A narrative and a libel on BBC WS radio’s Newshour

The lead item (from 00:10 here) in the May 11th afternoon edition of BBC World Service radio’s ‘Newshour’ concerned the death earlier in the day of the Al Jazeera journalist Shireen Abu Akleh. Presenter Audrey Brown wasted no time in promoting Al Jazeera’s talking points on the story. [emphasis in italics in the original, emphasis in bold added]

Brown: “And we’re going to start with the death of the Palestinian American journalist Shireen Abu Akleh who was killed while reporting on an Israeli raid in the West Bank this morning. Al Jazeera, the organisation she worked for, has accused Israel of deliberately killing her in the occupied West Bank town of Jenin. Mohamed Moawad is the managing editor of Al Jazeera channel that employed Shireen.”

Listeners heard a recording of Moawad that had also been promoted on domestic BBC radio.

Recording Moawad: “She wasn’t [unintelligible] covering from the side of the Palestinians. She was there accompanying the Israeli forces while they were intervening in Jenin so what we think is that this is the responsibility for the occupation forces because under the international law they are responsible for the civilians, for the journalists covering on the ground.”

Brown swiftly moved on to a long interview with another Al Jazeera employee, parts of which also appeared in other programmes, but not before promoting false equivalence between Israelis murdered in terror attacks and Palestinians killed during counter-terrorism operations.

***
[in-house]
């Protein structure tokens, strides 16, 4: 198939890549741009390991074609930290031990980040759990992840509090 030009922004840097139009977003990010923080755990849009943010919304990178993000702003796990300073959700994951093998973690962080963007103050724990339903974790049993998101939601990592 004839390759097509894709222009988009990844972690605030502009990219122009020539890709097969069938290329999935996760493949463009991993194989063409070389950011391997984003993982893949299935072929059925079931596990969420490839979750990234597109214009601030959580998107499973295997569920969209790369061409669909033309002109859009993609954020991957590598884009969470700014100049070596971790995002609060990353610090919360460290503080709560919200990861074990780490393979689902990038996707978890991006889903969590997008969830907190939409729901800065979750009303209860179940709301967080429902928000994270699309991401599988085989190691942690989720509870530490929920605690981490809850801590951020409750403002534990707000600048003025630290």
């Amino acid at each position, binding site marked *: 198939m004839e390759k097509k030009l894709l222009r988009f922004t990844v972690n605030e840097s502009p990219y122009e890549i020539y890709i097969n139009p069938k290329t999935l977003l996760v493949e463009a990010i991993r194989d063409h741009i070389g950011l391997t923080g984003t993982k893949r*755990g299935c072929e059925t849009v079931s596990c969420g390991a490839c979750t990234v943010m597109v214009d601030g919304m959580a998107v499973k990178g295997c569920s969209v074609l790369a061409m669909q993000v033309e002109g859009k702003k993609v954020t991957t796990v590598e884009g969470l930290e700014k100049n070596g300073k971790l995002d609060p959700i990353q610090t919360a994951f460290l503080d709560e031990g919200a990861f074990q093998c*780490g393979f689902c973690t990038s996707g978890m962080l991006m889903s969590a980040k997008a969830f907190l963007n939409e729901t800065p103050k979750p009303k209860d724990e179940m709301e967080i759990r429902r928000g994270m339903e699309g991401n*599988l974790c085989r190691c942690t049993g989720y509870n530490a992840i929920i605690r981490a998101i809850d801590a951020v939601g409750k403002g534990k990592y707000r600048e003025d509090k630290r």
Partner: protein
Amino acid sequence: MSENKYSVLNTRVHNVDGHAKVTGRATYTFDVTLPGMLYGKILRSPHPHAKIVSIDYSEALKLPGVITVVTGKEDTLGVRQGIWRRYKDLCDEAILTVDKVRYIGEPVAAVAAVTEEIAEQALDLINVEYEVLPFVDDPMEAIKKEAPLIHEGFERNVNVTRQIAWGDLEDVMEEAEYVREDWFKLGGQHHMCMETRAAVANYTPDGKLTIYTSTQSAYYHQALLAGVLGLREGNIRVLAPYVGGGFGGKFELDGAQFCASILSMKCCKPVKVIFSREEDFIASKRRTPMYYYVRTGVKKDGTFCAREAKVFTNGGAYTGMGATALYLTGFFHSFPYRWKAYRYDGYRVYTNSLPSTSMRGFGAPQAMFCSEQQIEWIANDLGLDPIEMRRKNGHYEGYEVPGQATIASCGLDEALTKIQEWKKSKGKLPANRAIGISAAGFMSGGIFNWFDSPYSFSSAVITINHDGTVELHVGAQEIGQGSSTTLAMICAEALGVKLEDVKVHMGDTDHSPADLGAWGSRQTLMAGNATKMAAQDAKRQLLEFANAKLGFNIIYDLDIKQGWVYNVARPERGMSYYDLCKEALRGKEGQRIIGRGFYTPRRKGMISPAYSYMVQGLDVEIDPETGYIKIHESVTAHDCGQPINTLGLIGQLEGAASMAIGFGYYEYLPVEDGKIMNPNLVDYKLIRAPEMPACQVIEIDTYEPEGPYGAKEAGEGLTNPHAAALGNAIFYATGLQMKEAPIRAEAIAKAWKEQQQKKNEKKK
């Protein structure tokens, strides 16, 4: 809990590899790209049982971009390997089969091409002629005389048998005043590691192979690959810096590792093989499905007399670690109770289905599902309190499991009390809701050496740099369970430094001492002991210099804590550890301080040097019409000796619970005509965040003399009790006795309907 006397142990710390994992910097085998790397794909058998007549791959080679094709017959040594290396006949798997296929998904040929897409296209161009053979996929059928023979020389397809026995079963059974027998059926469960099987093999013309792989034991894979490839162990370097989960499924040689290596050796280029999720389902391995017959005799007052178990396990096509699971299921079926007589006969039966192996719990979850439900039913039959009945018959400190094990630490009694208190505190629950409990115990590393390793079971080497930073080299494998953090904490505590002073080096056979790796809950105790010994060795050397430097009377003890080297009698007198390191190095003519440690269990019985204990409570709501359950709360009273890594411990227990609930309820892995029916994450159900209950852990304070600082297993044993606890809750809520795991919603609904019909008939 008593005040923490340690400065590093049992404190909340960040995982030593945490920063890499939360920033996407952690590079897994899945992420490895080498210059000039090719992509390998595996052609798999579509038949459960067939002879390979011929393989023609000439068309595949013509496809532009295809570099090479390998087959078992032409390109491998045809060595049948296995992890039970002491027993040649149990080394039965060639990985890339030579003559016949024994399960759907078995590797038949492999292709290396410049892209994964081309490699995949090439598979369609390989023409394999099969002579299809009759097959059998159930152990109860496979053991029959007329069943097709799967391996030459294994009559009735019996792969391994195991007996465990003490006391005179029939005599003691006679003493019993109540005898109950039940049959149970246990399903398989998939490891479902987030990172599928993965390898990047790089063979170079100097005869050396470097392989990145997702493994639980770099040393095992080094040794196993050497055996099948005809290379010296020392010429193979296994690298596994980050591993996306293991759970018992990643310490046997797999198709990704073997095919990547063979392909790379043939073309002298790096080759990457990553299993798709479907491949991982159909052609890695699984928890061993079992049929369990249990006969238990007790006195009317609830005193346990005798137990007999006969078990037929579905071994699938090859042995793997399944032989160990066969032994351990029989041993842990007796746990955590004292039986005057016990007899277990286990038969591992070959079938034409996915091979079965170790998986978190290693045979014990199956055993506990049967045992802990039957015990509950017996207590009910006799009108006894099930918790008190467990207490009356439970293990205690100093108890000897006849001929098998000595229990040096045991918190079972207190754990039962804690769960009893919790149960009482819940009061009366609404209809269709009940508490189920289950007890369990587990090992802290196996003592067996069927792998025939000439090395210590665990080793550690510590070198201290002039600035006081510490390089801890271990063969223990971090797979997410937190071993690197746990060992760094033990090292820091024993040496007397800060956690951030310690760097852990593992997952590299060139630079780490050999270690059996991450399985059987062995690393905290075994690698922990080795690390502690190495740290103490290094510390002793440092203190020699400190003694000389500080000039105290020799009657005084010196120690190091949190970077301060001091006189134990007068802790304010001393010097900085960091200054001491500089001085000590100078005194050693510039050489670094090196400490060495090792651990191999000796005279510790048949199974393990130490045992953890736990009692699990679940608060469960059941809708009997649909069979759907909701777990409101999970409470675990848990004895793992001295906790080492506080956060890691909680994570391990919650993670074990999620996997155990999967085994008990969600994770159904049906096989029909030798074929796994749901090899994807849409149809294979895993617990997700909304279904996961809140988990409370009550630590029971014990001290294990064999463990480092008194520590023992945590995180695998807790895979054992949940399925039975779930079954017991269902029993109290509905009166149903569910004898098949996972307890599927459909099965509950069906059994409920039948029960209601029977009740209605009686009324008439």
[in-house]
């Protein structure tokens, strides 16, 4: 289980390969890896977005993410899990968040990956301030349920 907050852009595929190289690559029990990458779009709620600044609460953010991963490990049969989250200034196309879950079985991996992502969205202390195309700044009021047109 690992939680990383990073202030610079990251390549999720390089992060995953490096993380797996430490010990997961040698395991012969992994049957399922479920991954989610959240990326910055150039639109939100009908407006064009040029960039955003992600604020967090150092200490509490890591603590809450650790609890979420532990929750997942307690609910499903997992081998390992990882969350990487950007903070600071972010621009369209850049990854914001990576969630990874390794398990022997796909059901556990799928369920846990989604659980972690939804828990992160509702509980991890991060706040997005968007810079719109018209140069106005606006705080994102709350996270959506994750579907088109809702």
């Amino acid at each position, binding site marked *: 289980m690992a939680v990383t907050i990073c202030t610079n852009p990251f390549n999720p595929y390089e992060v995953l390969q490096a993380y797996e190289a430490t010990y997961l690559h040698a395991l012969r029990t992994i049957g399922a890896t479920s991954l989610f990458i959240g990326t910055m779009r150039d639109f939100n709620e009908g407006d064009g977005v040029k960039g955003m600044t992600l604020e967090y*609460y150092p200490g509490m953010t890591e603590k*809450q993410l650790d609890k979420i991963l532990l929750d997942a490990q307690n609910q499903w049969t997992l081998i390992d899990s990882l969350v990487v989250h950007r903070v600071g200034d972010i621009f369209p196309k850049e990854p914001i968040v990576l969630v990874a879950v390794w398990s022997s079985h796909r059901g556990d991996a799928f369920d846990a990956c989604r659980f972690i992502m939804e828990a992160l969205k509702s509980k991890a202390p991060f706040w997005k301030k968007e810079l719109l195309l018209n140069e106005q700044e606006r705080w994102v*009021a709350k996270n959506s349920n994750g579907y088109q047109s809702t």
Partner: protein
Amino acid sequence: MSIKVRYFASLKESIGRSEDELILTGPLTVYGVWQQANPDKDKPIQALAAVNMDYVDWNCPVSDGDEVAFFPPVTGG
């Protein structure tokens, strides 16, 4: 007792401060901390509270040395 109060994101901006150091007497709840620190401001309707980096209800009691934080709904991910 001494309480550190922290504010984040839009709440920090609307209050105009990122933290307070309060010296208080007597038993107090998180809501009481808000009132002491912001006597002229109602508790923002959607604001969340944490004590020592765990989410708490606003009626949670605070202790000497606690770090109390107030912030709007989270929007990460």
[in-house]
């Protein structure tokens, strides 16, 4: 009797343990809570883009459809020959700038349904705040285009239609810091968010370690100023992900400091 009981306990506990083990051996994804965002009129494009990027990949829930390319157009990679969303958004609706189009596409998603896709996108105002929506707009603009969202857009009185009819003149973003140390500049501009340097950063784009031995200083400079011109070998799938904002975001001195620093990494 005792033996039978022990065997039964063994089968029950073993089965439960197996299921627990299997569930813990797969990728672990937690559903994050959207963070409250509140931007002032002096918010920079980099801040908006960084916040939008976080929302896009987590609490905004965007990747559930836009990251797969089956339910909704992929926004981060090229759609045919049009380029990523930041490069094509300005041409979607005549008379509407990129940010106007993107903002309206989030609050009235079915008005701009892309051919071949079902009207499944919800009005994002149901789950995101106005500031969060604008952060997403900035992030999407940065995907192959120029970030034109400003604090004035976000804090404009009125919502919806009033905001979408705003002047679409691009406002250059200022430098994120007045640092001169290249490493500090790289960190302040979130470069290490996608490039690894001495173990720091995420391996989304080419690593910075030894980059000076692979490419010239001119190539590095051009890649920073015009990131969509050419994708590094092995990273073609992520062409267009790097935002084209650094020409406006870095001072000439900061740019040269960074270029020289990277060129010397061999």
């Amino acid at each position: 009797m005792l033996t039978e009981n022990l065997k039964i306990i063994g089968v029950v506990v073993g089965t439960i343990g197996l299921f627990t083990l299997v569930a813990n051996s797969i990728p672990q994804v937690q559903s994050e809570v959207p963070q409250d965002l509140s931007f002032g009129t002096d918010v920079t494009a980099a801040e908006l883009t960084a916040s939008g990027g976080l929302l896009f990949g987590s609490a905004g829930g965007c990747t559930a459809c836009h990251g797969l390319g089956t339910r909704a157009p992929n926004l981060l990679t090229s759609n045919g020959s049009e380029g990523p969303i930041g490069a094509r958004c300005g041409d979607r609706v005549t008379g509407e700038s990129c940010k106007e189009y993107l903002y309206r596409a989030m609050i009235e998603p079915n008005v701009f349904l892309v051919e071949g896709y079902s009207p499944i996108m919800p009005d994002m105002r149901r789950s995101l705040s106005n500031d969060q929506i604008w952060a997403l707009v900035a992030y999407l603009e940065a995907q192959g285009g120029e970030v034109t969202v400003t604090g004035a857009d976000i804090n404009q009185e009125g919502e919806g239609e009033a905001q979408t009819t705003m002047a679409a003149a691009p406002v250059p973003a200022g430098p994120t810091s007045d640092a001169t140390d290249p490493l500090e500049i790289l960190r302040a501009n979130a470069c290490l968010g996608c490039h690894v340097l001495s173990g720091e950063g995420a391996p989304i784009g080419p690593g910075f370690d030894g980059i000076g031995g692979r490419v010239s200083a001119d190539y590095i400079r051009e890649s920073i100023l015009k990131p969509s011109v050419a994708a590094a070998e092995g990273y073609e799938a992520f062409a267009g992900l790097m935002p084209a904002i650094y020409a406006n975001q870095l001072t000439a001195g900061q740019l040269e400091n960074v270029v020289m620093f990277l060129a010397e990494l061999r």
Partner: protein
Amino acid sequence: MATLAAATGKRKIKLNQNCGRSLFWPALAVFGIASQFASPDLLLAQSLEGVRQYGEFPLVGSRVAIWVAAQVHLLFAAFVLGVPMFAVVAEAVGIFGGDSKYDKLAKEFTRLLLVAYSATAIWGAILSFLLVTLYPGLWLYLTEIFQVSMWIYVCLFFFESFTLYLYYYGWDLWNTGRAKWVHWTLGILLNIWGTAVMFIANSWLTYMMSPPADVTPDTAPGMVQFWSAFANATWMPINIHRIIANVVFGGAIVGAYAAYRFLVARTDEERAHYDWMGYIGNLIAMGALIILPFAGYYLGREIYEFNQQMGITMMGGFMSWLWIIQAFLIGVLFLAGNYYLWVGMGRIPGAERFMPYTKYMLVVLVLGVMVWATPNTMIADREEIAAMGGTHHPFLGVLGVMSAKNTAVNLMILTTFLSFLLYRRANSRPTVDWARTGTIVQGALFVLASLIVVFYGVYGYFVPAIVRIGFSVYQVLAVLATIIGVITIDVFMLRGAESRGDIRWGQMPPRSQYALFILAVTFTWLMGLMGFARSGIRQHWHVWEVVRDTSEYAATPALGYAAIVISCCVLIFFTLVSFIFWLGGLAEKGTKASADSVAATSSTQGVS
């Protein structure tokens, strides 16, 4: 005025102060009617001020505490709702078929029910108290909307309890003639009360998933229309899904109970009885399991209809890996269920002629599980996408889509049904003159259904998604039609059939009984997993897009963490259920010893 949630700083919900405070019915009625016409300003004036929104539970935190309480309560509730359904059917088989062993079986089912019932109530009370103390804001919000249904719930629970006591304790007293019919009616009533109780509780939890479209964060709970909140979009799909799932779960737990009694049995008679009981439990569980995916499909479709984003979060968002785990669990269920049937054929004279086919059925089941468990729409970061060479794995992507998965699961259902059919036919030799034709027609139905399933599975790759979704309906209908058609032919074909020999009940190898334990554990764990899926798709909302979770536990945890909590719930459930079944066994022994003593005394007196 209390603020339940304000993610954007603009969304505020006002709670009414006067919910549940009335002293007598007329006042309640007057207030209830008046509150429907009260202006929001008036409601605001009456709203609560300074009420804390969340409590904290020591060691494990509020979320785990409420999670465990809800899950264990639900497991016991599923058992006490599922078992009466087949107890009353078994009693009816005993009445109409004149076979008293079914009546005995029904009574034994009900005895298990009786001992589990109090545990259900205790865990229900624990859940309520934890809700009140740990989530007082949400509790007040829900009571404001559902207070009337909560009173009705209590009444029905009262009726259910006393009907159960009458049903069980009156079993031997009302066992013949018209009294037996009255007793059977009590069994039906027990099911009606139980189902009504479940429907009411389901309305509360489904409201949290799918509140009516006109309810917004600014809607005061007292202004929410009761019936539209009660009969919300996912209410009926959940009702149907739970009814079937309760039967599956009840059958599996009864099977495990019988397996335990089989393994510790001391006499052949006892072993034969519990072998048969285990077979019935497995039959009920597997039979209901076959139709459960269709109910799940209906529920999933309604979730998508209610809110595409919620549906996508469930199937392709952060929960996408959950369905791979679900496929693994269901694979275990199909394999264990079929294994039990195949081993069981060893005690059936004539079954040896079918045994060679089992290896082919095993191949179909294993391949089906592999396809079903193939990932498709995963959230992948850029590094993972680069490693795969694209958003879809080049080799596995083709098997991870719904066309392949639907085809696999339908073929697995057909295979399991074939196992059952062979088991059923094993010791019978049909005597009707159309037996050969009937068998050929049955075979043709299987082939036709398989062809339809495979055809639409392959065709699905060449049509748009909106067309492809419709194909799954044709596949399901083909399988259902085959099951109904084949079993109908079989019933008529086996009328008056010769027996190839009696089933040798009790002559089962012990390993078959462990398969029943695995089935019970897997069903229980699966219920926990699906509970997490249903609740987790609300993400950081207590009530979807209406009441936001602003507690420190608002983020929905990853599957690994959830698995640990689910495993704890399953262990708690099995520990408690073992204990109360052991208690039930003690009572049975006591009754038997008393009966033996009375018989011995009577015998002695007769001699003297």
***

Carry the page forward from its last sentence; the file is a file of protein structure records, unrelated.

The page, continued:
Brown: “Now tensions have been rising in the region recently. Seventeen Israelis, two Ukrainians and 26 Palestinians have died in weeks of attacks and raids. We’ll hear from a spokesperson for the Israeli embassy to the UK in just a moment but first to the Al Jazeera producer Ali Samoudi who was with Shireen Abu Akleh when she was shot. He himself was shot in the back in the same incident. He spoke to me from his hospital bed and I began by asking him how he was feeling hours after being shot.”

Brown’s second question was about the incident itself: “Tell us how it happened, how you came to be shot”. On a very bad line and in broken English, Samoudi gave his account:

Samoudi: “We moving through the area where the soldiers doing the operation. We choose the area ogen [phonetic] – area ogen, the street it’s ogen and Israeli [unintelligible] saw us after we started when we move. Suddenly I listen to the shots. We are scared. After that Shireen…they shoot us. I am running. When I am running they shoot another bullet and I am injured in this moment. Shireen saw me and she said the last words. She said ‘Ali injured’. She tried to escape to the area and I am running. I am go to car and she, the car, take me to the hospital. But the Israeli soldiers still shooting and she injured. After that Shireen injured and she killed. The Israeli said in the area they [Palestinians] fire guns at us. It’s not true. No fire guns in the area and not [unintelligible] Palestinians in the area. Only we are the journalists [unintelligible] shot without reason.”